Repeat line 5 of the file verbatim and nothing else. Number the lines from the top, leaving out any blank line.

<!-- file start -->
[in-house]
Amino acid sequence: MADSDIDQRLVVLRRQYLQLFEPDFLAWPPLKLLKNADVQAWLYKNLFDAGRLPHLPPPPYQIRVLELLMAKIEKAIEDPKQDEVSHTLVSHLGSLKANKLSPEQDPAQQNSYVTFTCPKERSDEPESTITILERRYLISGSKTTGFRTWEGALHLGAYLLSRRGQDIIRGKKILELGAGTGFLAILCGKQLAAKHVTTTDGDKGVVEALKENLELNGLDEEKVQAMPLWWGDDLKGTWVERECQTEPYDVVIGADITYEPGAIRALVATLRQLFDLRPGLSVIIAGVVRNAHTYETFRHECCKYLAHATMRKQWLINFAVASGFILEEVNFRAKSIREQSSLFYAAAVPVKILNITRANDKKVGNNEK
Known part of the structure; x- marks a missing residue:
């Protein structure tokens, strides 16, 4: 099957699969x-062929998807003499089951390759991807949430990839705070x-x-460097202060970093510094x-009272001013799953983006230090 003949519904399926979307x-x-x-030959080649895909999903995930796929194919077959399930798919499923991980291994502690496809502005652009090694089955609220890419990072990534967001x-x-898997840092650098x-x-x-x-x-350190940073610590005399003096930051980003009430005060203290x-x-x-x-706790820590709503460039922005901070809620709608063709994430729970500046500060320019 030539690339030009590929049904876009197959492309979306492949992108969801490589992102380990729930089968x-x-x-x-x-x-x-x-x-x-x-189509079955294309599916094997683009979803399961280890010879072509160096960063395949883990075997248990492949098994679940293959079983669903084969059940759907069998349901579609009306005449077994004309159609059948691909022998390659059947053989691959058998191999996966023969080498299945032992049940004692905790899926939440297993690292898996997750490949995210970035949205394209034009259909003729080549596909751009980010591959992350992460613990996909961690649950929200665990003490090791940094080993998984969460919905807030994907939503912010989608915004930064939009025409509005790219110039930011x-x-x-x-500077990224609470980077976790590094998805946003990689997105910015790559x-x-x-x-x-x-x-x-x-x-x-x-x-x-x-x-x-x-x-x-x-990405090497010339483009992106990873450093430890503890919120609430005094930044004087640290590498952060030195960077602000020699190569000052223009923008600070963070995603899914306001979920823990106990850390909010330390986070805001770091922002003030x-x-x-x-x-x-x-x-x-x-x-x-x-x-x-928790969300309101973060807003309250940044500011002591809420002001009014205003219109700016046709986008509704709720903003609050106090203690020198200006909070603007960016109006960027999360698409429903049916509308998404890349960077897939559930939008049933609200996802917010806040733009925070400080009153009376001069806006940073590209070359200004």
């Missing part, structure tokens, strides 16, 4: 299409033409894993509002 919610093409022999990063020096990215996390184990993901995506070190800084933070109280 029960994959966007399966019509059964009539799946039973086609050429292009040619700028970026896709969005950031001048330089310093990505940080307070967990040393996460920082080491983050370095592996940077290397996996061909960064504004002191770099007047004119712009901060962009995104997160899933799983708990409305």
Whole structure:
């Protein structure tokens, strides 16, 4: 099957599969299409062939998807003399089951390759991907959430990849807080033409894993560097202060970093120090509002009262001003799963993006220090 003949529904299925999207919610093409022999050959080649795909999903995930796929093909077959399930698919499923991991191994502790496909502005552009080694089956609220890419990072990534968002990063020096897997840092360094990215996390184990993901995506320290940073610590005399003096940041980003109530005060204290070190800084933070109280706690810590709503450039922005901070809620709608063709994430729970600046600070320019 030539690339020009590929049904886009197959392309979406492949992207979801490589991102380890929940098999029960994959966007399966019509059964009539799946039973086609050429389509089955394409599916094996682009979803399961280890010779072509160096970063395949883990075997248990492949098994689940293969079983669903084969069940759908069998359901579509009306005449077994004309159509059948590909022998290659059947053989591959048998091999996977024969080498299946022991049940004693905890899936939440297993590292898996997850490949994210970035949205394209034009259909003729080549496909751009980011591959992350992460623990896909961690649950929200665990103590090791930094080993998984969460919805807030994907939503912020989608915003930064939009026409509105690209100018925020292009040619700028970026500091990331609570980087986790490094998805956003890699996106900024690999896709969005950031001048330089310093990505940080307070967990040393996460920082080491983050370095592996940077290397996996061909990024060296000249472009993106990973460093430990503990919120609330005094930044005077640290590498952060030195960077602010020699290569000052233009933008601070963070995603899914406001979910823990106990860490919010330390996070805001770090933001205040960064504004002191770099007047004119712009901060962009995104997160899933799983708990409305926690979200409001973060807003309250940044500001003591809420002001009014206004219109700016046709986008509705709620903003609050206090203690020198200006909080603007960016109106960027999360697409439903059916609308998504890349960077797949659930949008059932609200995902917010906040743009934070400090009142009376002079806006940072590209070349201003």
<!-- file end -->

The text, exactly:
């Missing part, structure tokens, strides 16, 4: 299409033409894993509002 919610093409022999990063020096990215996390184990993901995506070190800084933070109280 029960994959966007399966019509059964009539799946039973086609050429292009040619700028970026896709969005950031001048330089310093990505940080307070967990040393996460920082080491983050370095592996940077290397996996061909960064504004002191770099007047004119712009901060962009995104997160899933799983708990409305």